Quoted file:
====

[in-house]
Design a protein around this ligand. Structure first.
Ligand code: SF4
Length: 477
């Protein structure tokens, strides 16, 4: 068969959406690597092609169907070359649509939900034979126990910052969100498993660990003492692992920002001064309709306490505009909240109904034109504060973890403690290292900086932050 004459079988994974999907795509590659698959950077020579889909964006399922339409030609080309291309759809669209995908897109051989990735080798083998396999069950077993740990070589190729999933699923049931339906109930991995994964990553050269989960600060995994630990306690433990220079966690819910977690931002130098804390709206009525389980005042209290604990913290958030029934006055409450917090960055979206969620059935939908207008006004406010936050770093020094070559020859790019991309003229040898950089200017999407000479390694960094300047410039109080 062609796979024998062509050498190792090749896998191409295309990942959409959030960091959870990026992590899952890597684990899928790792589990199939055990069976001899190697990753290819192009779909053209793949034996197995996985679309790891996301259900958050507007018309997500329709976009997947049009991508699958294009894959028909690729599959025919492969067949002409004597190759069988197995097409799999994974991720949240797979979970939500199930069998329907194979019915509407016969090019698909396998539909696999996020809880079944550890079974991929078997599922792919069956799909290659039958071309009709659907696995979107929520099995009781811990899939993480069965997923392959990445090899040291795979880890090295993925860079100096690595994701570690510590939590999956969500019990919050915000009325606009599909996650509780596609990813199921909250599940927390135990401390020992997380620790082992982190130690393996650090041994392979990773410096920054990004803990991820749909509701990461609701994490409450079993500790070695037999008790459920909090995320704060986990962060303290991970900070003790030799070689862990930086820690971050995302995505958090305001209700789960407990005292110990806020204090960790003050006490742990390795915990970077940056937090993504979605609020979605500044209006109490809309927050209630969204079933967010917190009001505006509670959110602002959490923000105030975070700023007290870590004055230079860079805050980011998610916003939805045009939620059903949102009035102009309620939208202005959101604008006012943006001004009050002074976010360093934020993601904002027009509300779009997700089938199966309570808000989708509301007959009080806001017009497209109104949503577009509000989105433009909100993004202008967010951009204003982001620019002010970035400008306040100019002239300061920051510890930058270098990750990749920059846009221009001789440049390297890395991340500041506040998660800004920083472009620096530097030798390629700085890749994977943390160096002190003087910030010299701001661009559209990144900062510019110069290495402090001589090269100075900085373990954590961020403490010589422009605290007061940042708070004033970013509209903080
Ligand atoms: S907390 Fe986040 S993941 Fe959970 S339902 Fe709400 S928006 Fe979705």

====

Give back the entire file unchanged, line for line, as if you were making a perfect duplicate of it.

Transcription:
[in-house]
Design a protein around this ligand. Structure first.
Ligand code: SF4
Length: 477
């Protein structure tokens, strides 16, 4: 068969959406690597092609169907070359649509939900034979126990910052969100498993660990003492692992920002001064309709306490505009909240109904034109504060973890403690290292900086932050 004459079988994974999907795509590659698959950077020579889909964006399922339409030609080309291309759809669209995908897109051989990735080798083998396999069950077993740990070589190729999933699923049931339906109930991995994964990553050269989960600060995994630990306690433990220079966690819910977690931002130098804390709206009525389980005042209290604990913290958030029934006055409450917090960055979206969620059935939908207008006004406010936050770093020094070559020859790019991309003229040898950089200017999407000479390694960094300047410039109080 062609796979024998062509050498190792090749896998191409295309990942959409959030960091959870990026992590899952890597684990899928790792589990199939055990069976001899190697990753290819192009779909053209793949034996197995996985679309790891996301259900958050507007018309997500329709976009997947049009991508699958294009894959028909690729599959025919492969067949002409004597190759069988197995097409799999994974991720949240797979979970939500199930069998329907194979019915509407016969090019698909396998539909696999996020809880079944550890079974991929078997599922792919069956799909290659039958071309009709659907696995979107929520099995009781811990899939993480069965997923392959990445090899040291795979880890090295993925860079100096690595994701570690510590939590999956969500019990919050915000009325606009599909996650509780596609990813199921909250599940927390135990401390020992997380620790082992982190130690393996650090041994392979990773410096920054990004803990991820749909509701990461609701994490409450079993500790070695037999008790459920909090995320704060986990962060303290991970900070003790030799070689862990930086820690971050995302995505958090305001209700789960407990005292110990806020204090960790003050006490742990390795915990970077940056937090993504979605609020979605500044209006109490809309927050209630969204079933967010917190009001505006509670959110602002959490923000105030975070700023007290870590004055230079860079805050980011998610916003939805045009939620059903949102009035102009309620939208202005959101604008006012943006001004009050002074976010360093934020993601904002027009509300779009997700089938199966309570808000989708509301007959009080806001017009497209109104949503577009509000989105433009909100993004202008967010951009204003982001620019002010970035400008306040100019002239300061920051510890930058270098990750990749920059846009221009001789440049390297890395991340500041506040998660800004920083472009620096530097030798390629700085890749994977943390160096002190003087910030010299701001661009559209990144900062510019110069290495402090001589090269100075900085373990954590961020403490010589422009605290007061940042708070004033970013509209903080
Ligand atoms: S907390 Fe986040 S993941 Fe959970 S339902 Fe709400 S928006 Fe979705």